The Boom-and-Bust Cycle

Another problem is that the venture market is extraordinarily uneven, moving from feast to famine and back again. Consider the tremendous surge in funding for biofuels, which peaked in 2006, and again in social-media companies during the last two years. During booms, unjustified exuberance rules. A common phenomenon is known as “money chasing deals.” As more money flows into funds from institutional and individual investors, venture capitalists are willing to invest in ever riskier deals (and often on worse terms): the share of first-round venture dollars going to seed-stage companies—those whose prospects are least certain—has varied from a low of 24 percent in 1995 to a high of 58 percent in 2000–’01. What about today? The percentage has climbed again, reaching 61 percent in 2011. Moreover, this risk-taking is not rewarded: returns in boom years such as 2000 are among the lowest seen in any period.

Cycles in the venture industry stem largely from the behavior of funds themselves. During hot markets, inexperienced groups raise capital, often from unseasoned investors who are attracted by the excitement—not appreciating that first-time funds often show weaker performance, particularly in hot markets.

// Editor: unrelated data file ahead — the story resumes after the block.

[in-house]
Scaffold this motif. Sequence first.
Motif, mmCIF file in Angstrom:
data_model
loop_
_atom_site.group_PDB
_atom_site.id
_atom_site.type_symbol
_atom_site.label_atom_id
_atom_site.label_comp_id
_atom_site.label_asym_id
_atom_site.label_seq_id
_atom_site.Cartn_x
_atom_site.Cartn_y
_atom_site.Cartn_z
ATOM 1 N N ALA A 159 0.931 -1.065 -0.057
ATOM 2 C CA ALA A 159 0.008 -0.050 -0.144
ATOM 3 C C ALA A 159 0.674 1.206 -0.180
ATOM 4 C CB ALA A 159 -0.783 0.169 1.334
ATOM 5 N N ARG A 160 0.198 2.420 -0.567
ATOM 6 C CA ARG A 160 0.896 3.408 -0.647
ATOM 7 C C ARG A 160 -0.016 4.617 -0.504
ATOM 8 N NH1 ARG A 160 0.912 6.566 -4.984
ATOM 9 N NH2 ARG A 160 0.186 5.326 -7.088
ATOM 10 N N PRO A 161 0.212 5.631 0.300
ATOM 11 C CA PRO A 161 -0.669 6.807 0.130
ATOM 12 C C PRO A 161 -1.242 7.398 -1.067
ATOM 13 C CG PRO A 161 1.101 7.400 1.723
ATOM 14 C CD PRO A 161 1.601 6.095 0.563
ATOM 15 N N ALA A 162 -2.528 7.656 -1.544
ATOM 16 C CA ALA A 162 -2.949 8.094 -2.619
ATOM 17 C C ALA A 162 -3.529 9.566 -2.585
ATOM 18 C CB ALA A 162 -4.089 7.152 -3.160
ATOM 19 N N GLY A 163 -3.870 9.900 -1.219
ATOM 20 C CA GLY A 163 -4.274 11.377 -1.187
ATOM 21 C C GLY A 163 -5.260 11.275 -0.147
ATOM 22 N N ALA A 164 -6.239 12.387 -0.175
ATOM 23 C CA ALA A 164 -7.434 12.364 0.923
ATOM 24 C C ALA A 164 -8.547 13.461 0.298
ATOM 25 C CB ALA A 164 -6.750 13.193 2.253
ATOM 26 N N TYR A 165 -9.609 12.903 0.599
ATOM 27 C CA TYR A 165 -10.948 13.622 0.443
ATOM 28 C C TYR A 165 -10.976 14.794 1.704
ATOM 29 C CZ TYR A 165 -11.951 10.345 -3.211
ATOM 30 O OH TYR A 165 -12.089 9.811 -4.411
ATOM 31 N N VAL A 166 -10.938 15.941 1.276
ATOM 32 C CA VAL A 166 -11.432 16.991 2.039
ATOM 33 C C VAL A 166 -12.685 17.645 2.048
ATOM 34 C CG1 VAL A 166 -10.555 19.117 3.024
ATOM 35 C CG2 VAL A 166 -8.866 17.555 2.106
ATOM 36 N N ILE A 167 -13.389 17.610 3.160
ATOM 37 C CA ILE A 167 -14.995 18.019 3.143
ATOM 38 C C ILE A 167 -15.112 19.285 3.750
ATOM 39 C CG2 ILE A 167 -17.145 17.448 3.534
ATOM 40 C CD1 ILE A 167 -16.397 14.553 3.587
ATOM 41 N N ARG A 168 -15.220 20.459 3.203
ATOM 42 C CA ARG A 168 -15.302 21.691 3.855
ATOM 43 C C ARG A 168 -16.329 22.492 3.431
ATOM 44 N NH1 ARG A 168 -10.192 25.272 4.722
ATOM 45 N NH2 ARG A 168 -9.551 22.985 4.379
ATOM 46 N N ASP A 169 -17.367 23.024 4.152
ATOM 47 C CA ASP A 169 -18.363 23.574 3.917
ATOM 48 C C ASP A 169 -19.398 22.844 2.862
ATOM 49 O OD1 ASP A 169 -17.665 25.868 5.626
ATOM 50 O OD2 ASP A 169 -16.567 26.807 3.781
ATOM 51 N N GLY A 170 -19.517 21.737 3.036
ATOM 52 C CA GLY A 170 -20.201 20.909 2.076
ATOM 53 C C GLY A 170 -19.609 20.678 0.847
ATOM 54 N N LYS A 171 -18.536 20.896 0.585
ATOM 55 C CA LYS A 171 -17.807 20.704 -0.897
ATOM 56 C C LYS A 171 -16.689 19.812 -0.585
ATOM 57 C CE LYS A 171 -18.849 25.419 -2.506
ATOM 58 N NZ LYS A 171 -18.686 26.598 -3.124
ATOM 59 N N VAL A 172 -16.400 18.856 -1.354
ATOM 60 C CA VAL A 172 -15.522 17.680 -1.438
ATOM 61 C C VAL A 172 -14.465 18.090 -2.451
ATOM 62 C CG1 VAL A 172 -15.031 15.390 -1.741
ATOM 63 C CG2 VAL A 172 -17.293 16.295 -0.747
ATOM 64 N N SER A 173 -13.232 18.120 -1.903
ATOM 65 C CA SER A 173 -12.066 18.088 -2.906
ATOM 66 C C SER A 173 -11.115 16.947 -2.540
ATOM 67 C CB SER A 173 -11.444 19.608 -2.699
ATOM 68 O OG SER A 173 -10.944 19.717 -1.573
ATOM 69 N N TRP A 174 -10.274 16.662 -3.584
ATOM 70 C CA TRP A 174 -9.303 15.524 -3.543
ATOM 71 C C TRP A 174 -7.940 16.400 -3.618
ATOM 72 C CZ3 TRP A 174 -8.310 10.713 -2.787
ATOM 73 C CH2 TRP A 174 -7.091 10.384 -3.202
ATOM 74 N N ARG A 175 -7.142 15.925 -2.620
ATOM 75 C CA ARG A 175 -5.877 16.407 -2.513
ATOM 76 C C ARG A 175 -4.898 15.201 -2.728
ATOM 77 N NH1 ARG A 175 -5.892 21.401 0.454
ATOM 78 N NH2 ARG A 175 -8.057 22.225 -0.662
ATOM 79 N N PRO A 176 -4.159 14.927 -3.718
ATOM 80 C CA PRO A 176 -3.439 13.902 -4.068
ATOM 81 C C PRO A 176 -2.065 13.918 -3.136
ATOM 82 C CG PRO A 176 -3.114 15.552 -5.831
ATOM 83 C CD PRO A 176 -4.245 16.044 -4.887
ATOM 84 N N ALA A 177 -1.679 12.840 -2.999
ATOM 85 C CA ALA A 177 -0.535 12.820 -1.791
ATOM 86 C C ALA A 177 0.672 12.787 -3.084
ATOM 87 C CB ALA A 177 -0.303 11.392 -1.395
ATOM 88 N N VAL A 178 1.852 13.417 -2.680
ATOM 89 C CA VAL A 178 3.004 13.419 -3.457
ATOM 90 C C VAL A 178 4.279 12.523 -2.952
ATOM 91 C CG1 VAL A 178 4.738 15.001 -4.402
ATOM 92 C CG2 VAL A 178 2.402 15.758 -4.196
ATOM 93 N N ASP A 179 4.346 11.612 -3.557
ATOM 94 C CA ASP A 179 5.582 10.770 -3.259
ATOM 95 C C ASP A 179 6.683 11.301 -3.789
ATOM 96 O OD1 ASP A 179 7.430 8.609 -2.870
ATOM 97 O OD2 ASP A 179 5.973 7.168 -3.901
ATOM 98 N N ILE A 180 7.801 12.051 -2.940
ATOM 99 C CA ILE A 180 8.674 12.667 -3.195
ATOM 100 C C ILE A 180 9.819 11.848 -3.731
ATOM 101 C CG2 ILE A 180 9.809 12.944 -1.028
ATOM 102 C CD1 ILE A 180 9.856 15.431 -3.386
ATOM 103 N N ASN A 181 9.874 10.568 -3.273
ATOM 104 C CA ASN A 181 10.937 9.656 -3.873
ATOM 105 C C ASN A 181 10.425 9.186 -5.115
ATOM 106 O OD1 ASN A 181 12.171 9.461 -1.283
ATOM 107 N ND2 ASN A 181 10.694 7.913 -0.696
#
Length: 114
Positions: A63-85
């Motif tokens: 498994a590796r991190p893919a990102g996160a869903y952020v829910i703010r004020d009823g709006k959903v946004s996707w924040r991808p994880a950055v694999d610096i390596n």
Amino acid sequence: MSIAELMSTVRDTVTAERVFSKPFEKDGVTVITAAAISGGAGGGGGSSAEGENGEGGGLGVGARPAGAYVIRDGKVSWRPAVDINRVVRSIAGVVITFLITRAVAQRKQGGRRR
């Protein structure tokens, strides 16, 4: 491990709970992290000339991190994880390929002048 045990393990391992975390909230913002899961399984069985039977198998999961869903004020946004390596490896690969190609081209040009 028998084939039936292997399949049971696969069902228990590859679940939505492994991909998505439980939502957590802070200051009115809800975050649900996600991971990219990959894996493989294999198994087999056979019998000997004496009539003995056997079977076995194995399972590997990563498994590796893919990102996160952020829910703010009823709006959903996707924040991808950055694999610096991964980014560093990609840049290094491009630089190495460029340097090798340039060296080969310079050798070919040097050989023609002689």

Name-brand groups, too, often take advantage of exuberant markets to raise money aggressively, perhaps because partners’ compensation is driven by fees on capital under management. As venture groups grow, they increase the capital that each partner is responsible for and broaden the range of industries in which each invests. In other words, what starts as a trickle ends as a torrent. Ultimately the expansion proves unsustainable as investment returns fall. Then the cycle repeats itself all over again.